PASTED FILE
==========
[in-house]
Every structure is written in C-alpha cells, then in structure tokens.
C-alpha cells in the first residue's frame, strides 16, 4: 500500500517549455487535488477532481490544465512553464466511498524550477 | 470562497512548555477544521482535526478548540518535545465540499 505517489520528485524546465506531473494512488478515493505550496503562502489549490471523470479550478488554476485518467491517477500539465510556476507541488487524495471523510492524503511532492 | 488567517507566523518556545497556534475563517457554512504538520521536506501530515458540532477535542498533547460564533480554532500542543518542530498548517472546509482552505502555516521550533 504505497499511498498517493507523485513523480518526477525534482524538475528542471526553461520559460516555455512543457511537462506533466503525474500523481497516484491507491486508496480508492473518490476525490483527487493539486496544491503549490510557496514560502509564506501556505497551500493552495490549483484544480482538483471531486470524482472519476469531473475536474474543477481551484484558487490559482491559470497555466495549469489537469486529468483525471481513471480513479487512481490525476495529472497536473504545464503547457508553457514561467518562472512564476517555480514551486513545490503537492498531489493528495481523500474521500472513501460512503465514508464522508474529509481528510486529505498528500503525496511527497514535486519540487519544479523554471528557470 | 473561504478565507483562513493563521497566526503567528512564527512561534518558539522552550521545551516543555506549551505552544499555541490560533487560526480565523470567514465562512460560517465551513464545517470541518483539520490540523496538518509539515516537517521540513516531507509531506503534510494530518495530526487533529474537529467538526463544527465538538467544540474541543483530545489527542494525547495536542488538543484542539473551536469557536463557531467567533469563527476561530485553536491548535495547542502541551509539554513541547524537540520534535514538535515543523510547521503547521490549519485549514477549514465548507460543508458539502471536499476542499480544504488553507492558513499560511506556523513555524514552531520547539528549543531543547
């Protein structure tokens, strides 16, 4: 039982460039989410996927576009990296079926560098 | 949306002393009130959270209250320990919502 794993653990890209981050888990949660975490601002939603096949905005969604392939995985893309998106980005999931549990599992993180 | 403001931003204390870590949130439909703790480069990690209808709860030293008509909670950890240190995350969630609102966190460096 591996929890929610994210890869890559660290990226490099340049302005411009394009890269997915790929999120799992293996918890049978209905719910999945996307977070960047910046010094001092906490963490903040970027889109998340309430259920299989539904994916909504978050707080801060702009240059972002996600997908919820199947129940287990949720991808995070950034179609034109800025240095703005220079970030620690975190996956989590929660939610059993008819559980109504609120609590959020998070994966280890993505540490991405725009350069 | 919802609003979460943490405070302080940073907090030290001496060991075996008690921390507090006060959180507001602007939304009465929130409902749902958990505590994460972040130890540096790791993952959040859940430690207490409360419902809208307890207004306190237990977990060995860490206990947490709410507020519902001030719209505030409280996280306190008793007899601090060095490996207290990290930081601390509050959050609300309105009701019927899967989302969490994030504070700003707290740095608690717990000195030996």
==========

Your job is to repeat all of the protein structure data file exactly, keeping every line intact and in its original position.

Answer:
[in-house]
Every structure is written in C-alpha cells, then in structure tokens.
C-alpha cells in the first residue's frame, strides 16, 4: 500500500517549455487535488477532481490544465512553464466511498524550477 | 470562497512548555477544521482535526478548540518535545465540499 505517489520528485524546465506531473494512488478515493505550496503562502489549490471523470479550478488554476485518467491517477500539465510556476507541488487524495471523510492524503511532492 | 488567517507566523518556545497556534475563517457554512504538520521536506501530515458540532477535542498533547460564533480554532500542543518542530498548517472546509482552505502555516521550533 504505497499511498498517493507523485513523480518526477525534482524538475528542471526553461520559460516555455512543457511537462506533466503525474500523481497516484491507491486508496480508492473518490476525490483527487493539486496544491503549490510557496514560502509564506501556505497551500493552495490549483484544480482538483471531486470524482472519476469531473475536474474543477481551484484558487490559482491559470497555466495549469489537469486529468483525471481513471480513479487512481490525476495529472497536473504545464503547457508553457514561467518562472512564476517555480514551486513545490503537492498531489493528495481523500474521500472513501460512503465514508464522508474529509481528510486529505498528500503525496511527497514535486519540487519544479523554471528557470 | 473561504478565507483562513493563521497566526503567528512564527512561534518558539522552550521545551516543555506549551505552544499555541490560533487560526480565523470567514465562512460560517465551513464545517470541518483539520490540523496538518509539515516537517521540513516531507509531506503534510494530518495530526487533529474537529467538526463544527465538538467544540474541543483530545489527542494525547495536542488538543484542539473551536469557536463557531467567533469563527476561530485553536491548535495547542502541551509539554513541547524537540520534535514538535515543523510547521503547521490549519485549514477549514465548507460543508458539502471536499476542499480544504488553507492558513499560511506556523513555524514552531520547539528549543531543547
């Protein structure tokens, strides 16, 4: 039982460039989410996927576009990296079926560098 | 949306002393009130959270209250320990919502 794993653990890209981050888990949660975490601002939603096949905005969604392939995985893309998106980005999931549990599992993180 | 403001931003204390870590949130439909703790480069990690209808709860030293008509909670950890240190995350969630609102966190460096 591996929890929610994210890869890559660290990226490099340049302005411009394009890269997915790929999120799992293996918890049978209905719910999945996307977070960047910046010094001092906490963490903040970027889109998340309430259920299989539904994916909504978050707080801060702009240059972002996600997908919820199947129940287990949720991808995070950034179609034109800025240095703005220079970030620690975190996956989590929660939610059993008819559980109504609120609590959020998070994966280890993505540490991405725009350069 | 919802609003979460943490405070302080940073907090030290001496060991075996008690921390507090006060959180507001602007939304009465929130409902749902958990505590994460972040130890540096790791993952959040859940430690207490409360419902809208307890207004306190237990977990060995860490206990947490709410507020519902001030719209505030409280996280306190008793007899601090060095490996207290990290930081601390509050959050609300309105009701019927899967989302969490994030504070700003707290740095608690717990000195030996």